See, it’s not all burgers all the time at The Straight Beef. We cook (or con people into cooking for us). Some of these gift ideas may seem oddly practical, but for cooks, good tools make the difference between struggling in the kitchen and having fun. Now, on to the feats of strength.
Michael’s take: Brunch has always been an interesting meal concept for me. To quote Jacques from the Simpsons, “It’s not quite breakfast, it’s not quite lunch…You don’t get completely what you would as breakfast, but you get a good meal.”
I’ve always just seen it as late breakfast with the option of enjoying an alcoholic beverage guilt-free. If you have bacon and eggs with Bloody Mary at 8:00 AM, you are a drunk. If you have the same meal at 11:30 AM, you’re having brunch.
Eating a burger for breakfast strikes me the same way. Burgers have been relegated to lunch and dinner. Big Ed’s throws that notion out the window. They have a Deluxe Hamburger and a Deluxe Cheeseburger right along side the biscuits and French toast.
It was seven ounces of juicy goodness. I had mine with lettuce, tomato, pickles, mayo, and an over-easy egg. The patty was a touch over done. The server offered to have them make it over again, but I was already halfway done. The build was perfect. The bacon was broken on top in half-strips so as to maximize the flavor experience. Everything was cooked on the griddle including the bun.
If the patty was cooked medium as I ordered it, we’d have a new number one on our hands. However, to be fair, I have to dock them a quarter point. I give it a 4.75 with a strong recommendation to get it with a cup of coffee the next time you are in downtown Raleigh for brunch.
Don’s take: I am ashamed. I have let you down. I have let myself down. I have lived in Raleigh for the past 25 years and I have gone to Big Ed’s in City Market more times than I can count. And I have lived a lie. I have had their pancakes, their biscuits, their bacon, their eggs, but I have never had a burger until that day. And on that day, I cried. All the opportunities missed. All the burgers forsaken. I beg you to not make the same mistake, look past the breakfast options and go for the burger.
After all, you can add country ham and a perfect over medium egg on that burger and have it all, like I did. I ordered the burger medium deluxe style, plus ham and egg.. The only thing that was wrong in this burger was that it was just slightly overcooked, like Michael’s. The patty was delectable with a nice sprinkle of char; the lettuce- crisp, the tomato- robust. Ed’s country ham combined with the perfectly cooked egg was that little taste of heaven that we rarely get the chance to have. I give the burger a 4.75 and know that it will hit the golden 5.0 the next time I go back.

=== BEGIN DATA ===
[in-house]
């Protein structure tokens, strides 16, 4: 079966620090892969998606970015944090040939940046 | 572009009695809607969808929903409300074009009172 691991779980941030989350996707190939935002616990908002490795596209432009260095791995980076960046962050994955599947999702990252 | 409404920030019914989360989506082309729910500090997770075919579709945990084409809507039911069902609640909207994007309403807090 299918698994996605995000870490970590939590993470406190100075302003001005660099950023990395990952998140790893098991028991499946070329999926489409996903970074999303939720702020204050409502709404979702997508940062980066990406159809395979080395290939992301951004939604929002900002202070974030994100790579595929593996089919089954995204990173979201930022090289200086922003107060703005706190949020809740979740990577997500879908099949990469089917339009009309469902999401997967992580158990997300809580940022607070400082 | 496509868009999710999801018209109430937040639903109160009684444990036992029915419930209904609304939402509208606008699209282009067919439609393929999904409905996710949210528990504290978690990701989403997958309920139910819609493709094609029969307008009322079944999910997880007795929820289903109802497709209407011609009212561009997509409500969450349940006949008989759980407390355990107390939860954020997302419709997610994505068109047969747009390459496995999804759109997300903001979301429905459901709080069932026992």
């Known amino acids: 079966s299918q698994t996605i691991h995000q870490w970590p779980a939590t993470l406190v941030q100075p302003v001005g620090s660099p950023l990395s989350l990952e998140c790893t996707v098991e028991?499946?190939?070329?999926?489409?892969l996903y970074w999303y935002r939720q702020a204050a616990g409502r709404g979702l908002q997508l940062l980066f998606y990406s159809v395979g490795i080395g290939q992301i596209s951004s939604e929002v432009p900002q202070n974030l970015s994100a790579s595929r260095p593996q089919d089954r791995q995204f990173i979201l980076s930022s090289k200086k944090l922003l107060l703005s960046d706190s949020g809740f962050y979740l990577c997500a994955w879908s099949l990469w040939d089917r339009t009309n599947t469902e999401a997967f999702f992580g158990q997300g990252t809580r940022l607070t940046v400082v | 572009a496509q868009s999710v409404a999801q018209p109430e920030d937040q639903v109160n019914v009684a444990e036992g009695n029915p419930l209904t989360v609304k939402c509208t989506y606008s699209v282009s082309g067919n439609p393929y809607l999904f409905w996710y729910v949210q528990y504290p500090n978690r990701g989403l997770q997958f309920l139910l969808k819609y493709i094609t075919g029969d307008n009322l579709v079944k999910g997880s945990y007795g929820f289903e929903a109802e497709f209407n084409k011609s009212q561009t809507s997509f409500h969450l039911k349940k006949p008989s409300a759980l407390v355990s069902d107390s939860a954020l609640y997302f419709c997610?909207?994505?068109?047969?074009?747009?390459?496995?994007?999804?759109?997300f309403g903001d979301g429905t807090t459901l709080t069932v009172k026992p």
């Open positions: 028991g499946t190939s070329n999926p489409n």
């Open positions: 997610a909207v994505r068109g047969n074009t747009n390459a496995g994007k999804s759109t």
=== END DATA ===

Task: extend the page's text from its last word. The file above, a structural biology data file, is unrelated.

Big Ed’s City Market Restaurant: 4.75 out of 5. Ranking 6 out of 74.
Chad got there early. Despite the fact that the restaurant was 90% empty, he was denied a table. The hostess would not seat him until the full party had arrived. He had to go sit in the corner. Literally sit in the corner on a lonely metal chair. They might as well have given him a dunce cap.
Strike one. Nobody puts Chad in the corner.*
“Chuck’s has changed its burger formula. As I recall, they used to feature 1/3lb burgers, the perfect size (or at least gave you an option). The burgers at Chucks are now 1/4lb, which is fine if you like medium to medium well. I ordered mine medium rare. That’s a tricky temperature for a thinner patty, but I expected the grill cooks at Chuck’s to be able to pull it off, as they are among the best in the Triangle. They didn’t. I got an overcooked, underseasoned burger.
We generally don’t let atmosphere or sides influence our burger ratings. I’m going to make an exception here. I was not happy about sitting alone in the corner while the few patrons who were there wondered what I had done wrong, but I can deal with that. When Micheal showed up, the hostess did indeed show us to one of the many empty tables before Don arrived. That was nice. But the the other element that should not be influencing my feelings about Chuck’s (but is) are the fries. I haven’t been there in a while, but the last couple of times I’ve been to Chuck’s the fries have been plentiful and perfectly crafted. This time the side order of fries was skimpy and had clearly only been fried once rather than twice, which is standard restaurant practice to achieve a crispy outside and fluffy, potato-y interior. These were like the fries my mom used to make in her Fry Daddy — too brown on the outside and mushy on the inside.
Chuck’s used to be one of the best — if not the best — burger places in the Triangle. We have sung its praises for years. We put it at the top of our Best Burgers in NC list. In that time, however, the bar has been raised significantly. Al’s Burger Shack, Mojoes, b.good, Buns, Only Burger and others have come along to create a vibrant burger scene. Chuck’s has not kept up. They have rested on their laurels, and it shows. I can’t give this burger any better than a 3.5.”
* Extra points if you get the “Dirty Dancing” reference.
Michael arrived to find Chad sitting at his place in the corner. He walked past no less than 8 empty tables to be told that we wouldn’t be seated until everyone in their was party was there.
“The thing that really disappoints me about the Chuck’s burger is how good it used to be. I think I would give it a pass with something like a 4.00, if this is the first time I had eaten this burger. It used to be the pinnacle of burger establishments. When people would ask me about my favorite burger, I would tell them it was at Chucks.
Alas, The Spirt Animal is no longer the best burger in the Triangle. It is not even the best burger in downtown Raleigh. The care that was taken at Chucks originally set it apart. This burger was thrown together hastily. Gone are the perfectly-sized 5 oz and 8 oz patties. Replaced by a too small 4 oz and a too-thick double to replace the 8 oz.
The Spirit Animal is described as having tortilla dust. The first time I had it, it was pulverized and mashed into the cream cheese. It gave a hint of tortilla flavor without any evidence it was there. On our re-review night, there was a solitary tortilla chip broken into 6-7 pieces on top of the cheese. The other toppings were below the patty making it a pathetic mess. Below. The. Patty.